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Precis Future Med > Volume 3(1); 2019 > Article
Yun, Yoon, Kim, Kim, Jung, and Kim: Isolated monocytosis was the flag preceding abnormalities in other parameters of complete blood counts in chronic myeloid leukemia with e1a2 (minor, P190) BCR-ABL1 chimeric transcripts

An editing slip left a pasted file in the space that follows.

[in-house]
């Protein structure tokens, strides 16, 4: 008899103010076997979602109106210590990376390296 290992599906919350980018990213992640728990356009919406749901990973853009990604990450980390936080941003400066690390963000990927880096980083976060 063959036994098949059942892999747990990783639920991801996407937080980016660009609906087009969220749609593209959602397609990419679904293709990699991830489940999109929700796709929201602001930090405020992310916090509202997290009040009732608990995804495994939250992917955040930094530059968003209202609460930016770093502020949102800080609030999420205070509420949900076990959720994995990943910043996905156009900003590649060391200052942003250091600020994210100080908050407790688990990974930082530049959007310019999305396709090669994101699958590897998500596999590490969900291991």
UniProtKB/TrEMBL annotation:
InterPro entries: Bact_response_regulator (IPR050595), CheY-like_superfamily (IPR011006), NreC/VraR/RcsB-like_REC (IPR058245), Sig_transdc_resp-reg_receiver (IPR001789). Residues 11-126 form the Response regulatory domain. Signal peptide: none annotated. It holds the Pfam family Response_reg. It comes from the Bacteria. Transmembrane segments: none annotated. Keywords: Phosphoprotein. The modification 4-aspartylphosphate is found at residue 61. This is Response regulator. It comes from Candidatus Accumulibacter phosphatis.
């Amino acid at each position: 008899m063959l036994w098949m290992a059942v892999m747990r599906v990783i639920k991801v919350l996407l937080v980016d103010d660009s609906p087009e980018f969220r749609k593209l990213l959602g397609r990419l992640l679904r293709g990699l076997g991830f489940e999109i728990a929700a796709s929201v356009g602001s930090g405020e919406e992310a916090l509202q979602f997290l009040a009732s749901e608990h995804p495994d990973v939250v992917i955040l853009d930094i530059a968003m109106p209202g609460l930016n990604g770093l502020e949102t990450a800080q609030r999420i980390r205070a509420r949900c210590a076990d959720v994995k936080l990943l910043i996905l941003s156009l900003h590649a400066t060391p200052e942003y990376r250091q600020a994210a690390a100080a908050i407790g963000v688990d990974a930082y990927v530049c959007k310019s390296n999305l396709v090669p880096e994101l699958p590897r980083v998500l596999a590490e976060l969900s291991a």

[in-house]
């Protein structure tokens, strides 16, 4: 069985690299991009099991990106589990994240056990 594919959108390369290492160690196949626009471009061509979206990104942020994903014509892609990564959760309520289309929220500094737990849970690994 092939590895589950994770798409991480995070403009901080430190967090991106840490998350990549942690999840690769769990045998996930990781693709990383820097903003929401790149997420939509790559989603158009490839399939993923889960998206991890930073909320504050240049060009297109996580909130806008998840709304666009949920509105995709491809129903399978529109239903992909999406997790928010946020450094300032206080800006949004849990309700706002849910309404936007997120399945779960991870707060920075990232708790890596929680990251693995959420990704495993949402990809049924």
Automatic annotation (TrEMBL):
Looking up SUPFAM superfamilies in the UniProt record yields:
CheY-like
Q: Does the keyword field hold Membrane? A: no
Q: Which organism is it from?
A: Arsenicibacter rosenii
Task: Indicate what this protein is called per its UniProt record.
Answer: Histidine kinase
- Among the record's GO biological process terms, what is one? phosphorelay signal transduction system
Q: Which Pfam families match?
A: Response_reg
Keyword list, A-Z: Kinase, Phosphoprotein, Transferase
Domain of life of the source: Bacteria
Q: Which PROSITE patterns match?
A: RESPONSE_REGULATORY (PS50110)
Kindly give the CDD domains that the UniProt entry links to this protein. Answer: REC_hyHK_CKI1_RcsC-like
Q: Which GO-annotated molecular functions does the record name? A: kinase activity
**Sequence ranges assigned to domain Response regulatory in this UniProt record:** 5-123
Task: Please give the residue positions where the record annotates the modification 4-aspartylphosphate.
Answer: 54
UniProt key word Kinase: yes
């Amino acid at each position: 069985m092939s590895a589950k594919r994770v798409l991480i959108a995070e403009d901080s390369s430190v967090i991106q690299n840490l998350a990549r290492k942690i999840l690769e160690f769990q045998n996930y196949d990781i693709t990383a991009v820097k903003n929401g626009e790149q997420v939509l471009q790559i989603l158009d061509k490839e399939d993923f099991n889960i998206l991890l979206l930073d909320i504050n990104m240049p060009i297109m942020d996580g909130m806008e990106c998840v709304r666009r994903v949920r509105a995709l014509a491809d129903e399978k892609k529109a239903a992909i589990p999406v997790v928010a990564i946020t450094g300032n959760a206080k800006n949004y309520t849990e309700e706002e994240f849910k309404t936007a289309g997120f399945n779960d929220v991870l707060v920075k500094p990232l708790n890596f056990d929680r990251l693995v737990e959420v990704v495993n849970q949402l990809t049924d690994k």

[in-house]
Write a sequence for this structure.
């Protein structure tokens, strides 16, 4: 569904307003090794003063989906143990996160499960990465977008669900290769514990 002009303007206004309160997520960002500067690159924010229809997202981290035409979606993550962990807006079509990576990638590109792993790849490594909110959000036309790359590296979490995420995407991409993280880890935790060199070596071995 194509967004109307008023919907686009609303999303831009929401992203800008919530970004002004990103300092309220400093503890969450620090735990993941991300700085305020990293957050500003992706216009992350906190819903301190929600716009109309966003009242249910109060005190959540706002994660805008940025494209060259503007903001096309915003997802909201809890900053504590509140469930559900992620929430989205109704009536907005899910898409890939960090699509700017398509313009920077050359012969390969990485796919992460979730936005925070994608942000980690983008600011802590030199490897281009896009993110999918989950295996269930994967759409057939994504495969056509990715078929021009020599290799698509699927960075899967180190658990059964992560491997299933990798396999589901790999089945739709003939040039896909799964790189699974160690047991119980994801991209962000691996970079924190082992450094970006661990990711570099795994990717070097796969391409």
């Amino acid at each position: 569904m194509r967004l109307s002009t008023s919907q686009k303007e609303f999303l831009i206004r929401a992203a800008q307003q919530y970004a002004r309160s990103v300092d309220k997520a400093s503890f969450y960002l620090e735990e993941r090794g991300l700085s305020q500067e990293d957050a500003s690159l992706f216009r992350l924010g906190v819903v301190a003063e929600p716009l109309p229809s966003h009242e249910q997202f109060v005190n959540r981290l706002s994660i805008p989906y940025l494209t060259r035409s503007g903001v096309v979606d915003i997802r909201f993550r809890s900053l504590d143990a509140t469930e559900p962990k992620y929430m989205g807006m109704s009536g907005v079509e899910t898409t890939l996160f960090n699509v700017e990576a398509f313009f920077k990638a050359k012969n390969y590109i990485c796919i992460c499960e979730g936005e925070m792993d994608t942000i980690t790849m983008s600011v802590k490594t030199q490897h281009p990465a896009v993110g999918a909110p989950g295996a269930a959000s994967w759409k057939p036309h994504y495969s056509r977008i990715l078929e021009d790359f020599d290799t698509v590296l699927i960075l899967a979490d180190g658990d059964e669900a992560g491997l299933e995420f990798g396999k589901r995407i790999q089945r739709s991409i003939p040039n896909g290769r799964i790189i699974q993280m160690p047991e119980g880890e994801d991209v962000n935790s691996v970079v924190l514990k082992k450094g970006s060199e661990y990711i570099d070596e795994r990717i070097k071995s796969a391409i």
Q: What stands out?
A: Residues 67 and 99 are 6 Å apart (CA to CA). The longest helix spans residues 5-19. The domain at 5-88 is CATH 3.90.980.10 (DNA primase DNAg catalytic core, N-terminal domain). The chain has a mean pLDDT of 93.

Chronic myeloid leukemia (CML) is a myeloproliferative neoplasm with the molecular hallmark of BCR-ABL1 chimeric transcripts from t(9;22)(q24;q22). In more than 95% of CML, the fusion occurs in the major breakpoint cluster region (M-bcr) of BCR, most commonly producing the e14a2 or e13a2 type. CML with e1a2 BCR-ABL1 by fusion in minor bcr is rare, accounting for approximately 1% of CML. CML with e1a2 BCR-ABL1 is reportedly associated with monocytosis and poor prognosis. Here we describe a woman who underwent bone marrow (BM) study with an impression of chronic myelomonocytic leukemia based on thrombocytosis and prominent monocytosis. Genetic workup revealed, however, t(9;22) and e1a2 BCR-ABL1, which indicated CML and explained her unusual monocytosis. A review of serial complete blood counts (CBC) before the BM study demonstrated that isolated monocytosis preceded the abnormalities in other parameters of CBC. The patient is on follow-up with tyrosine kinase inhibitor (TKI, dasatinib) medication. Close monitoring is required due to the association of e1a2 BCR-ABL1 with poor response to TKI and frequent disease progression. Timely genetic workup and determination of the precise type of BCR-ABL1 transcripts are critical for the diagnosis and stratification of this rare subtype of CML with distinct genotype-phenotype correlations.